Increasingly referred to as “one of Europe’s best-kept secrets”, the city of Porto is well-worth a visit.
After suffering an economic downturn during the financial crisis, the city of Porto faced a long road to recovery. Large parts of the city became abandoned ghost towns as people fled to find employment, local businesses suffered crippling financial strains and many shops were forced to close. Criminality rampaged the streets and drugs littered the lives of everybody at any corner, heavy drugs on the streets as an everyday basis.
However, despite the everyday struggles of life in Porto, tourism to this area has continued to rise over the years and, after seeing images of this colourful European city, it is not hard to understand why.
But the beauty of this city is not the only reason that tourism has continued its steady rise in numbers.
The Portuguese government recognised the importance of the tourism sector to their economy and decided to focus on an internet-based strategy to maintain these rising tourist numbers. Joao Cotrim Figueiredo, president of tourism in Portugal, comments, “[it is] no secret that we’re working closely with Google, Amazon and Facebook, so their knowledge of the consumer can be used to fine-tune our marketing effects.”
Since many people begin to research a summer break with no set destination in mind, Portugal has an opportunity to stand out. By paying for search engine optimisation, the tourism board can pique the interest of tourists towards lesser known areas of the country.
The strategy is mainly focused on directing tourists to places off the beaten path in order to reveal the hidden gems of this gorgeous country. According to the tourism board, once tourists arrive, they are always guaranteed to enjoy their stay due to the “Portuguese talent for hospitality and a balmy climate” – it is just a matter of getting tourists there in the first place.
The government has also taken a step back in the regulation of the tourist sector, allowing this industry to thrive without setbacks. For instance, rather than limiting tourist services by forcing them to pay expensive license fees, most tourism companies need only notify the government of their premises, vehicles and appropriate insurance before being approved.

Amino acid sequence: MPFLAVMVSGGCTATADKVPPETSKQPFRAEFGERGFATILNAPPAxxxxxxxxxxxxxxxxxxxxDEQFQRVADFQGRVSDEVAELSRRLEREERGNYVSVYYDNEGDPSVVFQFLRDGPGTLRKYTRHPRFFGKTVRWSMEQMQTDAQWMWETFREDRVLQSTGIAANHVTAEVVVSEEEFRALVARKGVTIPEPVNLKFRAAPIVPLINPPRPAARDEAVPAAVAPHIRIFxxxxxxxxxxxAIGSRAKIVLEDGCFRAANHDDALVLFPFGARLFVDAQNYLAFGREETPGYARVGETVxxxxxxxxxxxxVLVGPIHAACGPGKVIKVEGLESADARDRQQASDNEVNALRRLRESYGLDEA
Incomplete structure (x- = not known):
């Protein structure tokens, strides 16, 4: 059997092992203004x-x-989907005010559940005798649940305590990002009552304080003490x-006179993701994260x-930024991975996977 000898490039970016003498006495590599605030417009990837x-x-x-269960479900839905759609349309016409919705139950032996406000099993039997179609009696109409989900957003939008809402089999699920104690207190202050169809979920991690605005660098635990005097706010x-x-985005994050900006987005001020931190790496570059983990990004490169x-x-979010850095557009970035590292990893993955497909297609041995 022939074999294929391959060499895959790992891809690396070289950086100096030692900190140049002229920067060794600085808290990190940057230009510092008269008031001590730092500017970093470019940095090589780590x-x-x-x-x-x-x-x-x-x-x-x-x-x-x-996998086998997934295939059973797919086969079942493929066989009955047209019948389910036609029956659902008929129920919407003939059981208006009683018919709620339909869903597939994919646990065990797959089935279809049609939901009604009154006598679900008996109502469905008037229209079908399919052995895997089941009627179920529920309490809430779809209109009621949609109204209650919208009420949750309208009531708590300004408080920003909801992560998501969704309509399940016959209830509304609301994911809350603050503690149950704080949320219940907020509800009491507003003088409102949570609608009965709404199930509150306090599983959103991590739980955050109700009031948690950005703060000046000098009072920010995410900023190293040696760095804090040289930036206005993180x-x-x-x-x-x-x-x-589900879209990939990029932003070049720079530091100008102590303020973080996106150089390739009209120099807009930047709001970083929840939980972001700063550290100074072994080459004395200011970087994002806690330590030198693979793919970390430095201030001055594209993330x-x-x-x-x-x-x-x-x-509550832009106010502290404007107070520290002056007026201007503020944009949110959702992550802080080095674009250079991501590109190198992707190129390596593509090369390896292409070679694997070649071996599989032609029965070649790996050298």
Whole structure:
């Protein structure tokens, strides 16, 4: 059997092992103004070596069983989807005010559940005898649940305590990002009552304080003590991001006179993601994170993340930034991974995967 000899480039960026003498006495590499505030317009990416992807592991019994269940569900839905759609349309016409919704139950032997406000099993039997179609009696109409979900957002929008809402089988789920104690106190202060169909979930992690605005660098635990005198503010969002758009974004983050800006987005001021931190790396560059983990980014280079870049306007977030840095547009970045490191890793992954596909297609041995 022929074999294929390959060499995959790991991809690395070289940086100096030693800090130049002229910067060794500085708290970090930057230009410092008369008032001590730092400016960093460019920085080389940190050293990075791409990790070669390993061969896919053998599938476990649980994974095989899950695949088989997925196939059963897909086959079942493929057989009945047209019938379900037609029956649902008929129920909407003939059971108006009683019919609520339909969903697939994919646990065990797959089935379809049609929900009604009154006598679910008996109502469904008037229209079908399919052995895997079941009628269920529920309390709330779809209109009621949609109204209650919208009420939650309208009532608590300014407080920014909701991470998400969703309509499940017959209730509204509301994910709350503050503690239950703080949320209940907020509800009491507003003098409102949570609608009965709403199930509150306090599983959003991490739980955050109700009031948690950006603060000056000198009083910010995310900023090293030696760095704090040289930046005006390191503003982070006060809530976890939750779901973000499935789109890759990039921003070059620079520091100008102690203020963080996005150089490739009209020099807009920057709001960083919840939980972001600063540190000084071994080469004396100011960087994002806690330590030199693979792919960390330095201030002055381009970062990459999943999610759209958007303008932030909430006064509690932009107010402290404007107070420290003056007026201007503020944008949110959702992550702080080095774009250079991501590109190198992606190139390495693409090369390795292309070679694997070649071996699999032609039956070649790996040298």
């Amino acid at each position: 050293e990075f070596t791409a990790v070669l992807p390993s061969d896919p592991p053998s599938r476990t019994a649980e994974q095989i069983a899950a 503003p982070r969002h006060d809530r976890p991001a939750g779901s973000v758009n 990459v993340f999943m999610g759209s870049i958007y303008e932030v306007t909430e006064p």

Now, a multitude of airlines, including British Airways and easyJet, offer regular services to Porto making travel to this region more appealing to tourists.
Of course, Porto’s tourism success cannot be attributed solely to effective marketing techniques – the local people have maintained an optimist and welcoming nature despite the struggles they have faced. The snapshots of daily life in Porto can be the most fascinating parts of an experience in this city and the local people have continued to adapt and grow, maintaining a deep sense of pride for their culture while embracing modern developments.
This city is certainly one of contrasts; from family-run taverns serving traditional dishes with pride to modern fusion restaurants experimenting with new flavours, from grand medieval buildings to colourful local houses, from streets full of boarded up buildings in the old town to the buzzing, bustling cobbled squares.
Adrian Bridge, owner and CEO of The Yeatman hotel in Porto, was interviewed by Forbes magazine and insists that the city is experiencing an exciting and rapid change of pace. He comments: “we are writing the future of this ancient town which reaches back to pre-Roman times.”
Much like the port for which this region is famous for, ageing has only strengthened the city, adding more complexity and rich flavours over the years. As the Mayor of Porto says, “we don’t want to have a city which looks like any other city” and Porto is certainly the unqiue product of a turbulent history and rich culture.
Strolling down Porto’s cobbled streets during high season, it is hard to believe the area is still in recovery from a recession less than a decade ago, however it is so important to see both sides of this city.
We encourage you to take a look behind-the-scenes of the typical tourist trail and try to understand the remarkable journey of recovery which locals and tourism companies have faced and conquered. Only then, can you truly appreciate the city of Porto.
Originally published on The National Student – http://www.thenationalstudent.com/Travel/2017-07-24/porto_a_city_thriving_once_again.html